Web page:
Custom MotorcyclesThe call to customize is as individual as the motorcycles we build. Often, external cultural components reflect themselves in the choices we make when turning a mass production motorcycle into an unmistakably distinctive personal statement.
Johnny Villalvazo, a young man from the Hispanic enclave of Santa Ana, Calif., grew up with the lowrider and gangster cultures surrounding him. “What I first wanted was a gangster bike,” Villalvazo relates.Rather than being influenced by The Sons of Anarchy, he lives in the culture from which the show draws inspiration.However, when he began collaborating with builder Chris Dyer of Motowest Powersports Services in nearby Anaheim, Villalvazo’s taste went through a metamorphosis, and the result is something he describes as “a classier look.”Part of the driving force behind Dyer’s influence on the bike is Villalvazo’s commitment as a motorcyclist. He is not the sort of rider who cruises down to the local watering hole and considers that an authentic outing. Instead, he takes the Heritage Custom to destinations such as Laughlin, which means he is putting 600 miles in the saddle, roundtrip.“Johnny had specific ideas—the California Mexican low-rider look,” Dyer relates. “I always ask what they plan on doing. Show it? Ride it? Both? How far are they going to ride it? I find out their intentions. My objective is to make sure they’re happy with what they got and it’s functional for what they’re doing. The challenge was making Johnny decide what he wanted and not change everything. Based on his thoughts, I put this bike together.”Dyer’s method is a methodical one. “We do everything per measurement after working out the ideas of what they want. We make sure ahead of time that there are no fitment issues. We had little problems, but we weeded them out.”Local sourcing is an important part of the lowrider culture, and this Heritage Softail reflects that. “Johnny was all about Carlini Design bars because they are Santa Ana based,” Dyer says.“Johnny wanted 18-inch Gangster Ape bars, not 16-inch,” Dyer says. “But, because of his height, 16s fit better. 18s would have put his arms asleep pretty quickly.”Villalvazo concurs: “I wanted to go higher with the bars, but the curve of the 16 goes together well with the bike. I like the look of the curved bars. They have more style and you’re looking at something different. From the bars to the rims, it’s all pretty. It all complements specific features.”The DNA Mammoth 52-Spoke wheels are made a few miles away in Compton, furthering the commitment to supporting businesses in the area. “I was going to go for thinner spokes until I saw the fat ones,” Villalvazo explains. This choice led to coordinated details, such as the Magnum Sterling Chromite II throttle and clutch cables, as well as the front hydraulic line. The rear tire is a relatively narrow 150mm, keeping with Villalvazo’s desire for a functional bike.As a rider, Villalvazo wanted the Heritage Softail to still handle well around town and be usable for long distances. “It was slammed when I bought it,” Villalvazo says. “I took it into Chris and he convinced me to pick it back up. Everything rides great.”Dyer had to put in some work to make that happen due to some sloppy setup by the bike’s previous owner. “Johnny had a lowered setup when he came in,” according to Dyer. “The jam nut had broken out, and the shocks weren’t working. Someone ran the adjustment out and lowered it until there was no movement in the shock. We set it back to a shortened shock setup. You can take a stock shock and add an extension to lower it one-to- two inches and change the adjustability.” The result was one that satisfied Villalvazo’s senses of utility and style.One area that Villalvazo compromised for style over function is the custom LePera seat — made in North Hollywood — though he takes full responsibility for this. “For myself, it’s a little hard,” he says with a laugh, “but I like the way it looks so I deal with it.”The astute use of chrome and polish is what sets this Softail Heritage apart from other customs in the genre, giving Villalvazo the “classy” look he was going after.Orange County Plating in Orange (another local find) took care of the swingarm, while Al Reed Polishing near Motowest turned the brake rotors reflective. A number of Harley-Davidson chrome parts finished the job, along with the dual Samson 28.5-inch Fishtail mufflers. The Samson units were part of a light power and sound boost- ing process that included a Harely-Davidson Stage 1 air cleaner.The final result is one that meets the expectations of both Dyer and Villalvazo. “Everyone who has seen my bike likes it,” Villalvazo says proudly. “I’ve got nothing but compliments on every part. What catches me a lot is the paint, even though it’s stock, and the curve of the bars. I don’t know how to describe the look. It’s like having a gangster hardcore look, but the out- come is a little more classy.”Motowest Heritage Softail Specs:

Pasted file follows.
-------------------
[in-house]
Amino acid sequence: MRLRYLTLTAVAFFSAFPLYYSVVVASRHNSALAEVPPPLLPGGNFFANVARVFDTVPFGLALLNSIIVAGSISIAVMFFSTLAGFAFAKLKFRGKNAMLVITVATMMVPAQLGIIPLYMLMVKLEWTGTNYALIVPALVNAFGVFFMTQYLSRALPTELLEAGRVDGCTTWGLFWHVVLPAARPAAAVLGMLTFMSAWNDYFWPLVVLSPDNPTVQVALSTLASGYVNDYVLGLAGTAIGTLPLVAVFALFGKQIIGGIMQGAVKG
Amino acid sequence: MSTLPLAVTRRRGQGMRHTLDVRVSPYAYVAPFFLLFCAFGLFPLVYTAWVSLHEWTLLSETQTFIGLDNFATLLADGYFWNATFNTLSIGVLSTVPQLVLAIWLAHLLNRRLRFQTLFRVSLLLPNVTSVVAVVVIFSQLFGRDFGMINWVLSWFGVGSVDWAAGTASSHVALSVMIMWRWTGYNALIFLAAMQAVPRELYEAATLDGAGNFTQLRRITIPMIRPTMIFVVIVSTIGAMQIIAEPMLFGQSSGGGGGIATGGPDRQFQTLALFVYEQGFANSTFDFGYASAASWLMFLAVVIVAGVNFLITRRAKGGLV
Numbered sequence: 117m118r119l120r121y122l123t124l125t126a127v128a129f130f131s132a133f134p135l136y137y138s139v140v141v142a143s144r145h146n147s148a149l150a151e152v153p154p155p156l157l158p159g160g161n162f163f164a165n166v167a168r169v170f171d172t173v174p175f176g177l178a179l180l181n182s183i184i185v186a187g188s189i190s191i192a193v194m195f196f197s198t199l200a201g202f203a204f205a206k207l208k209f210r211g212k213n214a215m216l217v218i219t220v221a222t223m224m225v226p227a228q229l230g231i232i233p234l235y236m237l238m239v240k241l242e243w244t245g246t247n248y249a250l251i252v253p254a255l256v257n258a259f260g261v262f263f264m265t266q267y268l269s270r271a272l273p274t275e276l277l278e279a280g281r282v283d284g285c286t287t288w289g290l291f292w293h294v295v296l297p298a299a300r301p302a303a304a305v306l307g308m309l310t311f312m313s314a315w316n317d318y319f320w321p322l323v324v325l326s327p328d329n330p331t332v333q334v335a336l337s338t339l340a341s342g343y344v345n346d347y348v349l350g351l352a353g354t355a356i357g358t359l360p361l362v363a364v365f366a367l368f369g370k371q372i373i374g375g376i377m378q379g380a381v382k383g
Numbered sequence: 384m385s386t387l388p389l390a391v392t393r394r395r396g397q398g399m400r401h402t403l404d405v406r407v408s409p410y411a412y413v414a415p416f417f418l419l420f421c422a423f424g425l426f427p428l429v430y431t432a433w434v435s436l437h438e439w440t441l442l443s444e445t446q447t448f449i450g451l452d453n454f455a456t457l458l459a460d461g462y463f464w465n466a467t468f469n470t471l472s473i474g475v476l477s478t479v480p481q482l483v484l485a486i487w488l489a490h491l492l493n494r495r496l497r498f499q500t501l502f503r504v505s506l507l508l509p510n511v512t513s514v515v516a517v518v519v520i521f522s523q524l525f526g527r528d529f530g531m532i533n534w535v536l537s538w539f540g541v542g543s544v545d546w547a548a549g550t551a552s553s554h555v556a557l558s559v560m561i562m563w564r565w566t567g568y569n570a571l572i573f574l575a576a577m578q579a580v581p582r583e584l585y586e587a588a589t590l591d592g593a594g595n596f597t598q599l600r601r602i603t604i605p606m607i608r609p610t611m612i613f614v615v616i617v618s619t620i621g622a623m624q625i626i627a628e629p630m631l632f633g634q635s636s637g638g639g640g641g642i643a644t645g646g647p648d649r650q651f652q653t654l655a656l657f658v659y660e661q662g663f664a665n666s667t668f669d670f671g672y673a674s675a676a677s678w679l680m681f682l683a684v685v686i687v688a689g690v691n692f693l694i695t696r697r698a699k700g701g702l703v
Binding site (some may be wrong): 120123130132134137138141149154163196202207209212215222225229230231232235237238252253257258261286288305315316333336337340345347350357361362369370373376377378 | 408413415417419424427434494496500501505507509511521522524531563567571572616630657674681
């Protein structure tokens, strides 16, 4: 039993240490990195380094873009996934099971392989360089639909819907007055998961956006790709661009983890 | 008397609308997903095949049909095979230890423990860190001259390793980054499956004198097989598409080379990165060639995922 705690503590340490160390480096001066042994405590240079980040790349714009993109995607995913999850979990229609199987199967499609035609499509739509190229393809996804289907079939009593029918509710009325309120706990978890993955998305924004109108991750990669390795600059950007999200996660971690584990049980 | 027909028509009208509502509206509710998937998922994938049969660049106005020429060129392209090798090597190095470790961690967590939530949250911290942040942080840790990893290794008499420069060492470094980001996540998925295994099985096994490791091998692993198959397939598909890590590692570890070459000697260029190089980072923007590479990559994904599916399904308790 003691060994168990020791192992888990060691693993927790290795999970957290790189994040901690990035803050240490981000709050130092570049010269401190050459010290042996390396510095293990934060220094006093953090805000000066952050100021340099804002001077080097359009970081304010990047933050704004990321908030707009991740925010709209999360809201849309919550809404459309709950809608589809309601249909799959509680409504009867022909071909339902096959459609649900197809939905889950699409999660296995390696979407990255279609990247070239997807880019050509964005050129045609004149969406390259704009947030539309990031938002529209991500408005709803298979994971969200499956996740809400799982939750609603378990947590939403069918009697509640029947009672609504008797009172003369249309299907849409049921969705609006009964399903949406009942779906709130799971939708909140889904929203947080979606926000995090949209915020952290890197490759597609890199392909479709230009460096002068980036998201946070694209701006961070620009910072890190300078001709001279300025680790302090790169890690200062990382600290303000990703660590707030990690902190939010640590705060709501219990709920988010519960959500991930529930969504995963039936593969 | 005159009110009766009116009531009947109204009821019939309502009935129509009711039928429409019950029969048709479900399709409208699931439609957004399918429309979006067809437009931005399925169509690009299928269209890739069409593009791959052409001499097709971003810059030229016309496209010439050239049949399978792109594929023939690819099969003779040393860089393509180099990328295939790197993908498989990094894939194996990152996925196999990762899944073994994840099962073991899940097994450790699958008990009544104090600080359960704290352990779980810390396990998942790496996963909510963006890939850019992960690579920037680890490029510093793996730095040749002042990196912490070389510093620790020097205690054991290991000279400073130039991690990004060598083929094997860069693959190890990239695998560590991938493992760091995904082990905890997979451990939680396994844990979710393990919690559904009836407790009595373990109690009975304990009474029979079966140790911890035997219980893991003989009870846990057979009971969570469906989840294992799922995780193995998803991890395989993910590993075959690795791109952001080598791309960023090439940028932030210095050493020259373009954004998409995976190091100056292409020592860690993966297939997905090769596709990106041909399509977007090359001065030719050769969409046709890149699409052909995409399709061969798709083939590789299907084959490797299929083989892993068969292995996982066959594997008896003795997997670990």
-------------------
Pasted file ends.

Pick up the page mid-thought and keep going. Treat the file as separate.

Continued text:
Engine: Harley-Davidson Twin Cam w/ Stage 1 air filter
Muffler: Samson 28.5-inch Fishtail
Handlebars: Carlini Design 16-inch gangster Ape
Cables & Hoses: Magnum Sterling Chromite II
Wheels: DNA Mammoth 52-Spoke
Tires: Front – Avon MH90 x 21; Rear – Vee Rubber 150/60 x 18
Chrome: Orange County Plating
Polishing: Al Reed Polishing
Story from the March/April issue of Ultimate MotorCycling magazine. For subscription services, click here.
Hello everyone and welcome to Motos and Friends, a weekly Podcast brought to you by the editorial team at Ultimate Motorcycling. My name is Arthur Coldwells.
Yamaha’s Ténéré 700 is an excellent foray into the middleweight ADV world. Associate Editor Neil Wyenn owns a 2021 model, and has spent the last year adding and improving various aspects of his bike. Some add-ons are more vital others, and he lets us into his secrets for getting the most out of the Yamaha Ténéré. His total enthusiasm for ADV riding and the Yamaha Ténéré in particular were pretty obvious to me—I’m sure you’ll feel the same. Links to all the items he mentions are below.